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Nanomaterial Case Study: A Comparison of Multiwalled Carbon Nanotube and Decabromodiphenyl Ether Flame-Retardant Coatings Applied to Upholstery Textiles (External Review Draft)
EPA announces the release of the draft report, Nanomaterial Case Study: A Comparison of Multiwalled Carbon Nanotube and Decabromodiphenyl Ether Flame-Retardant Coatings Applied to Upholstery Textiles (External Review Draft), for public viewing and comment. This was announced in a July 2, 2012 Federal Register Notice along with information about the upcoming public Information Exchange Meeting scheduled for October 29, 2012. The purpose of this meeting is to receive comments and questions on the draft document, as well as provide information on the draft document and a workshop process that it will be used in, which is being conducted independently by RTI International, a contractor for EPA. The deadline for comments on the draft document is August 31, 2012.
U.S. EPA. Nanomaterial Case Study: A Comparison of Multiwalled Carbon Nanotube and Decabromodiphenyl Ether Flame-Retardant Coatings Applied to Upholstery Textiles (External Review Draft). U.S. Environmental Protection Agency, Washington, DC, EPA/600/R-12/043A, 2012.
This document seeks to identify what is known and unknown related to assessing the health and environmental implications of a nanomaterial; in this case multiwalled carbon nanotubes (MWCNTs) used in flame-retardant coatings applied to textiles.
The draft document is intended to be used as part of a process to identify what is known and, more importantly, what is not yet known that could be of value in assessing the broad implications of specific nanomaterials. Like previous case studies (see History/ Chronology below), this draft case study on multiwalled carbon nanotubes (MWCNTs) is based on the comprehensive environmental assessment (CEA) approach, which consists of both a framework and a process. Unlike previous case studies this case study incorporates information about a traditional (i.e., “non-nano-enabled”) product, against which the MWCNT flame-retardant coating applied to upholstery textiles (i.e., the “nano-enabled” product) can be compared. The comparative element serves dual-purposes: 1) to provide a more robust database that facilitates identification of data gaps related to the nano-enabled product and 2) to provide a context for identifying key factors and data gaps for future efforts to evaluate risk-related trade-offs between a nano-enabled and non-nano-enabled product.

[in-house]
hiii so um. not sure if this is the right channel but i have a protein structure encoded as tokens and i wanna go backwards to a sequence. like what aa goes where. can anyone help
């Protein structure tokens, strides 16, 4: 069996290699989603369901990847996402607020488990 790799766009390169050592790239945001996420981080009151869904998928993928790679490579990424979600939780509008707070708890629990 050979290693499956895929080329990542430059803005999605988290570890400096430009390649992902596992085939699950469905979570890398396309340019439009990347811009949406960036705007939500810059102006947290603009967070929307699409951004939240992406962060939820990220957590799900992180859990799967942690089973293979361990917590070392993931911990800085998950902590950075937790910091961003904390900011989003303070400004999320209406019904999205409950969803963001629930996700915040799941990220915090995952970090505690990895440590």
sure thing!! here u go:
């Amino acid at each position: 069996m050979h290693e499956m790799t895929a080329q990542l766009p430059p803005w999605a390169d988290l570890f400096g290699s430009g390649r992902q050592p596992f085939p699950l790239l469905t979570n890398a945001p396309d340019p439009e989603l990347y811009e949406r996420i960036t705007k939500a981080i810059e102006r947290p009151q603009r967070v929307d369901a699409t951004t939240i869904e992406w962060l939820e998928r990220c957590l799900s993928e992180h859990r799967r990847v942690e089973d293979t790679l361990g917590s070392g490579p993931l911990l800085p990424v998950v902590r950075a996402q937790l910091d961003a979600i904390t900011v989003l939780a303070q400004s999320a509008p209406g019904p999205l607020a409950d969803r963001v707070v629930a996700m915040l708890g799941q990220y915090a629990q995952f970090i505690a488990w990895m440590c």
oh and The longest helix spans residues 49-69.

This draft case study does not represent a completed or even a preliminary assessment of MWCNTs; rather, it uses the CEA framework to structure information from available literature and other resources (e.g., government reports) on the product life cycle, fate and transport processes in various environmental media, exposure-dose characterization, and impacts in human, ecological, and environmental receptors. Importantly, information on other direct and indirect ramifications of both primary and secondary substances or stressors associated with the nanomaterial is also included when available. The draft case study provides a basis for the next step of the CEA process, whereby collective judgment is used to identify and prioritize research gaps to support future assessment efforts that inform near-term risk management goals.
URLs/Downloads:Comprehensive Environmental Assessment: A Meta-Assessment Approach to Increase Effectiveness of Risk Management and Research Planning (PDF,2 pp, 233 KB, about PDF)
Workshop Summary Report: Appendices (PDF,399 pp, 16410 KB, about PDF)
Workshop Summary Report: Nanomaterial Case Study Workshop Process: Identifying and Prioritizing Research for Multiwalled Carbon Nanotubes (PDF,46 pp, 1442 KB, about PDF)
FR Notice: Jul 2, 2012 Exit
Nanomaterial Case Study: A Comparison of Multiwalled Carbon Nanotube and Decabromodiphenyl Ether Flame-Retardant Coatings Applied to Upholstery Textiles (External Review Draft) (PDF,361 pp, 4928 KB, about PDF)
EPA ORD NCEA Nanotechnology Research
EPA ORD Nanotechnology Research
Nanotechnology White Paper (PDF,136 pp, 3900 KB, about PDF)